Ireland's banking watchdog has regained trust since the economic crisis, and financial firms looking for a post-Brexit home will be properly scrutinised, one of the country's top business chiefs has said.
Kevin Sherry, head of the government's business development agency Enterprise Ireland, told the Press Association it was important to differentiate between retail bank lending failures which led to Ireland's housing bubble, and Ireland's track record with international financial services, which "continued to survive and prosper".
He said: "There were insufficient controls in place in relation to the percentage of borrowing that someone could secure in that area, for domestic housing, and as a result the banks suffered heavily in that. But it wasn't in (broader) financial services."
Dublin is among a number of EU financial hubs hoping to attract businesses fleeing London after Brexit.
However, Ireland's minister responsible for promoting Dublin as a financial centre has reportedly fielded complaints to European Commission officials over the "aggressive" tactics of rival cities which he claims are offering lax regulation to undercut the competition.
When asked whether trust in Ireland's financial regulator has been re-established, Mr Sherry said: "Yes.
"There is trust, and we'd be very confident about the financial regulatory environment that is in place in Ireland which is very robust."
He also stressed that Ireland would take adequate precautions if financial services choose Ireland as their new EU home base.
"It wouldn't be any type of financial instruments or financial activities that could be undertaken in Ireland.
"It is ones that would actually pass rigour of the financial regulator and our central bank, which is a stringent process, and rightly so a stringent process."
It emerged last week that insurance giant AIG will shift less than a dozen London-based executives to head up a new EU subsidiary in Luxembourg, which the Press Association understands is also frontrunner for a subsidiary location for Lloyd's of London.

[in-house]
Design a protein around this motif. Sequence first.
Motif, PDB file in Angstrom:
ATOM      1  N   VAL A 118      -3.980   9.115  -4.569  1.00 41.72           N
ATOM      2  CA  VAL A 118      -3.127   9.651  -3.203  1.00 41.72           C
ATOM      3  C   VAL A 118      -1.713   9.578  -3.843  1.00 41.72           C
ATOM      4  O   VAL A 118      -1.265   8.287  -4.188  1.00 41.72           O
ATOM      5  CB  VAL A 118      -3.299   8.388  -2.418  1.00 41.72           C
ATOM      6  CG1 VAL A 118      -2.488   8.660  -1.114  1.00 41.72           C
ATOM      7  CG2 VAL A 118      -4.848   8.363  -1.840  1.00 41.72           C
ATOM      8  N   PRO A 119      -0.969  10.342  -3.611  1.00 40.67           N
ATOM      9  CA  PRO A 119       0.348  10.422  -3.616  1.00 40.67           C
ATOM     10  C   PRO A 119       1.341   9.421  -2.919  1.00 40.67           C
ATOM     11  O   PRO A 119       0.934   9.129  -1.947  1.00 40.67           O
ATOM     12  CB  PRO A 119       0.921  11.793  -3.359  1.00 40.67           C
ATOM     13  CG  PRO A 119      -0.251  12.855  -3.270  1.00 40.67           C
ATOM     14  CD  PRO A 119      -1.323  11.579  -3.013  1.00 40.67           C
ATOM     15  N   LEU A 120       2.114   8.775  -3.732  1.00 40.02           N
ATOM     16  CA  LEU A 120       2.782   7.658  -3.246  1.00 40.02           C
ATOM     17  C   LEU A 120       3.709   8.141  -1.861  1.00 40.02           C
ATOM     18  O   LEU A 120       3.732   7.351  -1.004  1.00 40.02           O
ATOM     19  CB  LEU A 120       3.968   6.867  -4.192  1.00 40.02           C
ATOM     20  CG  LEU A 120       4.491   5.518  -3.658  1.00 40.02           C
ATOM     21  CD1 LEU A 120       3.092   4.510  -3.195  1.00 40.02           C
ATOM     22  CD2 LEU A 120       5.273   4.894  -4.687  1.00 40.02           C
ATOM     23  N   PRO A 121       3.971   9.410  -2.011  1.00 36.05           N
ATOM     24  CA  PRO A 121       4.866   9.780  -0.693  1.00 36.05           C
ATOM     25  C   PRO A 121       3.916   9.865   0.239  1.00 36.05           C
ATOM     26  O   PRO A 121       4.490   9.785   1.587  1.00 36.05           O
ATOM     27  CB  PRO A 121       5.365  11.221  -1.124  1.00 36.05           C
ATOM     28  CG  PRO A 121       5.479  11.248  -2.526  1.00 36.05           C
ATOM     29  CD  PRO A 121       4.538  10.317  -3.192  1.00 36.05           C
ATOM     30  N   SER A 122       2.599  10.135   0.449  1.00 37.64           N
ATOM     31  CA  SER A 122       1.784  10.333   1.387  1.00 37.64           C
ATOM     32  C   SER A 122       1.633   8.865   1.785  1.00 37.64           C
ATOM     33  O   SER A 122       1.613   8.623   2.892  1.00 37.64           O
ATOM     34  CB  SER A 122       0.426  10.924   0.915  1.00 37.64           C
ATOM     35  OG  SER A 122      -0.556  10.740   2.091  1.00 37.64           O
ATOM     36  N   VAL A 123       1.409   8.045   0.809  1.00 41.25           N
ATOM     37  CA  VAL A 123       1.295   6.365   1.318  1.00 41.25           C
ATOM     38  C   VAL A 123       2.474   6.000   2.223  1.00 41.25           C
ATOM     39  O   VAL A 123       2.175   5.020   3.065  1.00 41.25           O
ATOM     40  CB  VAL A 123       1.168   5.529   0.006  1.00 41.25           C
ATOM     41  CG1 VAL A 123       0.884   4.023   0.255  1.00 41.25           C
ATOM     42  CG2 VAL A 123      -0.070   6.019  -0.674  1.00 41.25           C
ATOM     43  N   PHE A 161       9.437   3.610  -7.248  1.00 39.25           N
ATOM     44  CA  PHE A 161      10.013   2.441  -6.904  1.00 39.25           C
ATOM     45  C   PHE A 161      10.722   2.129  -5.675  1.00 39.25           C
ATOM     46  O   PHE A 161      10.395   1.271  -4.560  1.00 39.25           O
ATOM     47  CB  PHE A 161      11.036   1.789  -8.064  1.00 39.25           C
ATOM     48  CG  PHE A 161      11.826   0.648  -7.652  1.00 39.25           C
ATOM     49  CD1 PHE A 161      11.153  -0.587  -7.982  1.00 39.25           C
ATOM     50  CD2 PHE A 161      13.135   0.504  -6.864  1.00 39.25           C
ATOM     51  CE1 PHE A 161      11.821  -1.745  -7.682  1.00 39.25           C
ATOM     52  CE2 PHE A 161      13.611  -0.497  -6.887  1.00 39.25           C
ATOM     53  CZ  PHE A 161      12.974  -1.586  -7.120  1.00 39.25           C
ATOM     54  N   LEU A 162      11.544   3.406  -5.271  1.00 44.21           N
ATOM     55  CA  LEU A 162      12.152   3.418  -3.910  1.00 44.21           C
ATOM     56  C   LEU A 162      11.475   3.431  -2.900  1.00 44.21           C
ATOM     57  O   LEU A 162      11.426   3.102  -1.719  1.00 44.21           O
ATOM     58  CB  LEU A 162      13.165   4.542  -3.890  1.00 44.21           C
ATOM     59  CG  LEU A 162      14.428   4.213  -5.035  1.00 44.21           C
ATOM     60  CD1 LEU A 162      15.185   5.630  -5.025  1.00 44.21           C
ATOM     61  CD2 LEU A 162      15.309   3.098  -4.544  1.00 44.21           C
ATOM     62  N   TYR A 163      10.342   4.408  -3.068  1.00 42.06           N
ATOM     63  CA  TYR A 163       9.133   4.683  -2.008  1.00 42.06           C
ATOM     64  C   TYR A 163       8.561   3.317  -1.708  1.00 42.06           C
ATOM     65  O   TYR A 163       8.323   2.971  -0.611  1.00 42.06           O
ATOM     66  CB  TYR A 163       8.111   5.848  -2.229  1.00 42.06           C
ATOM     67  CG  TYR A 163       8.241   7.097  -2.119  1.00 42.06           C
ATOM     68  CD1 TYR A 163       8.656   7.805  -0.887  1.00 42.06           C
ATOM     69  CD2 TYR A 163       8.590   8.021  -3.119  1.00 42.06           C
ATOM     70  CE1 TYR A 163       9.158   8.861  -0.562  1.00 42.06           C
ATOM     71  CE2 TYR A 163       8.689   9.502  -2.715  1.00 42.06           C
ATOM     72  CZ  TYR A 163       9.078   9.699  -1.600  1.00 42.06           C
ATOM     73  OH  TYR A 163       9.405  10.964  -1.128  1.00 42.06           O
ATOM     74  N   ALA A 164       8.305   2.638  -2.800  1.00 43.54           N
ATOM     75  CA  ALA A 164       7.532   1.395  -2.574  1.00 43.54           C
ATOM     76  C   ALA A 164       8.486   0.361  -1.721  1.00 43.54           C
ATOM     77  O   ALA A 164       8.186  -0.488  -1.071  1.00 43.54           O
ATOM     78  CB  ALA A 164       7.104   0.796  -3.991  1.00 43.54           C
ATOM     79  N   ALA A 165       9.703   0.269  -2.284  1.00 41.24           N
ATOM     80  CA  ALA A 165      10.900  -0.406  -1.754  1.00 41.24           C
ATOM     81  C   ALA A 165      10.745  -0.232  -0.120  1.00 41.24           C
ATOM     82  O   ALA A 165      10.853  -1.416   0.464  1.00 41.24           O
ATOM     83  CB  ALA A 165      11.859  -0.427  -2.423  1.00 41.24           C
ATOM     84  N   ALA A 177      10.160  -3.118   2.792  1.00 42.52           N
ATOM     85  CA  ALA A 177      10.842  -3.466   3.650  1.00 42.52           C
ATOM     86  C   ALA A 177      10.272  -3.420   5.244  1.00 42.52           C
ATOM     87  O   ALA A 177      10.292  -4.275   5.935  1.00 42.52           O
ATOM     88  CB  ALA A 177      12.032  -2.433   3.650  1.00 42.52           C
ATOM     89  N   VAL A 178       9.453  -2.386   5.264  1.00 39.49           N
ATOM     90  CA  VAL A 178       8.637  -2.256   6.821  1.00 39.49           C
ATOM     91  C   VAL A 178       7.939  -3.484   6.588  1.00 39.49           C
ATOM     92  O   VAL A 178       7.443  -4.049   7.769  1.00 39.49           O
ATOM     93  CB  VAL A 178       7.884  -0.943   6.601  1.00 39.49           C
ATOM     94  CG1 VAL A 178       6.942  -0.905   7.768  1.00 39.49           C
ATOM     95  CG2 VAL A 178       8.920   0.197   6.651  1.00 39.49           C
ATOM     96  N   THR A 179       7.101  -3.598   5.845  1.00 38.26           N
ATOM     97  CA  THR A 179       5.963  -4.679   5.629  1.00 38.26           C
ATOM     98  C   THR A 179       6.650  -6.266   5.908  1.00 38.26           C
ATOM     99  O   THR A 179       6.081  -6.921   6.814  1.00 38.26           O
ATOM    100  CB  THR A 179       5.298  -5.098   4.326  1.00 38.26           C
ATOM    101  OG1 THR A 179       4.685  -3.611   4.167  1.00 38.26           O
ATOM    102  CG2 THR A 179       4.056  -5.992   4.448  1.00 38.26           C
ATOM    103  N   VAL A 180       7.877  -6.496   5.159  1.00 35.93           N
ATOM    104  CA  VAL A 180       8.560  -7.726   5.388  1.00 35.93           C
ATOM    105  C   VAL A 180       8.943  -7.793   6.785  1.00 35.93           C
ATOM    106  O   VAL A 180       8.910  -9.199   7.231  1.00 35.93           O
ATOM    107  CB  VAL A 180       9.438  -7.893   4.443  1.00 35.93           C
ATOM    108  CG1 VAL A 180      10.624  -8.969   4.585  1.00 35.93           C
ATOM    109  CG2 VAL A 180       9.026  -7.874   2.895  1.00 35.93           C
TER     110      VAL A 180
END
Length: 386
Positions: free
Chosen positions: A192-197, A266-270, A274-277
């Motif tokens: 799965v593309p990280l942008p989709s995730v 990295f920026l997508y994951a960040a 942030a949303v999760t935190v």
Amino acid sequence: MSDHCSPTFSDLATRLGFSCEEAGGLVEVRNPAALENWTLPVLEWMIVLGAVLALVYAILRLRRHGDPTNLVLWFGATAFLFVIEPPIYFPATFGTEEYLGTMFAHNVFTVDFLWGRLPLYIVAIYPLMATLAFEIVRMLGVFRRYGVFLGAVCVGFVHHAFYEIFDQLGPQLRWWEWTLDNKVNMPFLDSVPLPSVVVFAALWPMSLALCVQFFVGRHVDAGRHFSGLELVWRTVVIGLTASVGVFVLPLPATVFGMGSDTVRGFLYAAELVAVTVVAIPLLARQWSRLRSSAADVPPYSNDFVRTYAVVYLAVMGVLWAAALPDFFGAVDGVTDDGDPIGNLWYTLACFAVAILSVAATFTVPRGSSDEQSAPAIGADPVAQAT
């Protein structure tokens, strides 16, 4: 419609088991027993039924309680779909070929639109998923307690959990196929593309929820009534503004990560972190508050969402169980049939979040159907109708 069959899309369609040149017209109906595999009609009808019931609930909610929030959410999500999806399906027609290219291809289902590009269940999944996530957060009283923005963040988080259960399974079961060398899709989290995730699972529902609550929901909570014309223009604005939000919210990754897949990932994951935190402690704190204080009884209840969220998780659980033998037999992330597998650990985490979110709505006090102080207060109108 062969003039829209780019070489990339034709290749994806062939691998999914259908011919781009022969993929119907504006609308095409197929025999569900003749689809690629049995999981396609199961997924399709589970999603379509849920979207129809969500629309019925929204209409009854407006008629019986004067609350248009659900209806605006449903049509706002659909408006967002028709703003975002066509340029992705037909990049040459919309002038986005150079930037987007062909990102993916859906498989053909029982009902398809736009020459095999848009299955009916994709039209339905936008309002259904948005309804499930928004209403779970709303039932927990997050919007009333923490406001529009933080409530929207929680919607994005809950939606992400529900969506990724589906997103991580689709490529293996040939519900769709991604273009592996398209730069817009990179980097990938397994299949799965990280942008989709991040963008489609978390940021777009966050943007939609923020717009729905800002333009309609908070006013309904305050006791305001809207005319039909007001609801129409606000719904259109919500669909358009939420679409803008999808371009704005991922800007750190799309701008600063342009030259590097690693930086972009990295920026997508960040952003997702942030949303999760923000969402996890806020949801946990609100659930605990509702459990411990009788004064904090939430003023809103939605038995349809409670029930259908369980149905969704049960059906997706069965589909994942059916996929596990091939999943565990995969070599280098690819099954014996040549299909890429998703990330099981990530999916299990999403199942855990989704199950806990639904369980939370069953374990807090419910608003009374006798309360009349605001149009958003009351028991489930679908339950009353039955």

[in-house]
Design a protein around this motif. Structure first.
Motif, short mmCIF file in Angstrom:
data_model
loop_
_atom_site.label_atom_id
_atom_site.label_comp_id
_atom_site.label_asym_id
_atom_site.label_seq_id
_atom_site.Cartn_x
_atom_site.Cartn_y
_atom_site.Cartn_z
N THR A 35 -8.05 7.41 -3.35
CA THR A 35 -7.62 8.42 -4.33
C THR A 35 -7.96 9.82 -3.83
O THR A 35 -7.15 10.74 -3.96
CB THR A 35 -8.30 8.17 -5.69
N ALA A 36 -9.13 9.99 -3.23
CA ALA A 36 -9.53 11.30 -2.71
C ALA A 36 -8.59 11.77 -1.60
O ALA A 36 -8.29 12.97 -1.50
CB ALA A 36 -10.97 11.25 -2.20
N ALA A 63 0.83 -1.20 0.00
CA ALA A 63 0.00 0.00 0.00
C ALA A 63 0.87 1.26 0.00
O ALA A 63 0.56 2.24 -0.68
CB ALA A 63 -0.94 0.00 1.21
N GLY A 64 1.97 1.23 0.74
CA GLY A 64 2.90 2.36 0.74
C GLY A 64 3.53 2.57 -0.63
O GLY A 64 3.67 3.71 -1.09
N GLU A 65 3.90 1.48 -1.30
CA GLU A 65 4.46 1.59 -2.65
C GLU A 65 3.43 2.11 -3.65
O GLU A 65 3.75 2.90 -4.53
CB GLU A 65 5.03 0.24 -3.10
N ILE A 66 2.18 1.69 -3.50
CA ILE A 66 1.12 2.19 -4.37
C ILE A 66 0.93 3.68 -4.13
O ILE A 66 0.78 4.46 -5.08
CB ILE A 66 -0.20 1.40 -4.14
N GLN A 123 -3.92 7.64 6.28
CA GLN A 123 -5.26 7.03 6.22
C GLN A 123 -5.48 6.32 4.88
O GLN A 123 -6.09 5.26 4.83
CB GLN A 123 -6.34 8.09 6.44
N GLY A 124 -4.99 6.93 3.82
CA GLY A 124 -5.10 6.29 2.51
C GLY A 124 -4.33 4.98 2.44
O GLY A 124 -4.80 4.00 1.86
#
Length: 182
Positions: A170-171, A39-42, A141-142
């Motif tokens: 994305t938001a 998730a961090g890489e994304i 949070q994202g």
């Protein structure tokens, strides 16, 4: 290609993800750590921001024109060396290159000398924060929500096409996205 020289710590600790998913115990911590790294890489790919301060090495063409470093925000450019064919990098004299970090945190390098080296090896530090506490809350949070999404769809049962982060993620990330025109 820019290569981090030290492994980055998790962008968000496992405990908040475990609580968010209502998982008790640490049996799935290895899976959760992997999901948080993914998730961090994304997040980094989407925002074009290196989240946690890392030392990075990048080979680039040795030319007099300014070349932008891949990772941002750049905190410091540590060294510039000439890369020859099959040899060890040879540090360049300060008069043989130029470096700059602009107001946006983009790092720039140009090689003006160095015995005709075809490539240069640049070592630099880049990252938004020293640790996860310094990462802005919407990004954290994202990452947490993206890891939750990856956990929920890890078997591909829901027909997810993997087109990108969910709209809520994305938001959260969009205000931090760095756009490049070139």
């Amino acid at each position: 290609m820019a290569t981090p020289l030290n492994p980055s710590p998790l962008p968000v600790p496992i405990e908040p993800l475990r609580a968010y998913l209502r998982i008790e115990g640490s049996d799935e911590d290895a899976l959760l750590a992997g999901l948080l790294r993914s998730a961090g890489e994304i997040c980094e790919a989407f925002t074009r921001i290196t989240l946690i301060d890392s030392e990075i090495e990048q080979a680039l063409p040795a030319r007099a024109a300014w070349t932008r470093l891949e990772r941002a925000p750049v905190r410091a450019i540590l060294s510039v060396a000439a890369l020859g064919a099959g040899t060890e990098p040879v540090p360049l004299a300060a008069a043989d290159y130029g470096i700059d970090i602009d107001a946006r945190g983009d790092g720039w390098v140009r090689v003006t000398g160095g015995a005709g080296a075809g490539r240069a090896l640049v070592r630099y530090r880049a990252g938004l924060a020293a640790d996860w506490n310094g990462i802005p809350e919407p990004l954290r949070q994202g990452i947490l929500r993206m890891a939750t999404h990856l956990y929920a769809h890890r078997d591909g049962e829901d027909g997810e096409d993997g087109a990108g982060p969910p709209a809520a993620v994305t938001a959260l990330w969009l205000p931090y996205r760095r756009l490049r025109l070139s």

Experts widely expect Frankfurt to be the main beneficiary of a post-Brexit exodus, considering factors like the strength of its economy within the Eurozone, and the reputation of its financial regulator BaFin.
The Press Association understands that Japanese investment bank Daiwa is finalising plans to set up a new European base in Frankfurt.
In January, Daiwa executives said the Japanese firm was working with consultants and was considering both Frankfurt and Dublin as locations for a new subsidiary.
But Ireland is still in the running as a financial services destination, and could attract businesses with its low headline corporate tax rate of just 12.5%.
Barclays is considering expanding its Dublin offices where it already has a subsidiary and banking license, allowing the bank to access the EU's single market.
However, it is not clear whether London-based jobs would be moved or if new staff would be hired.
Others like JP Morgan have yet to settle on a location, though its chief executive Jamie Dimon has said that around 4,000 of its 16,000 UK staff could be shifted out of Britain, depending on the outcome of Brexit negotiations, while UBS said it could shift up to 1,500 London workers to the continent.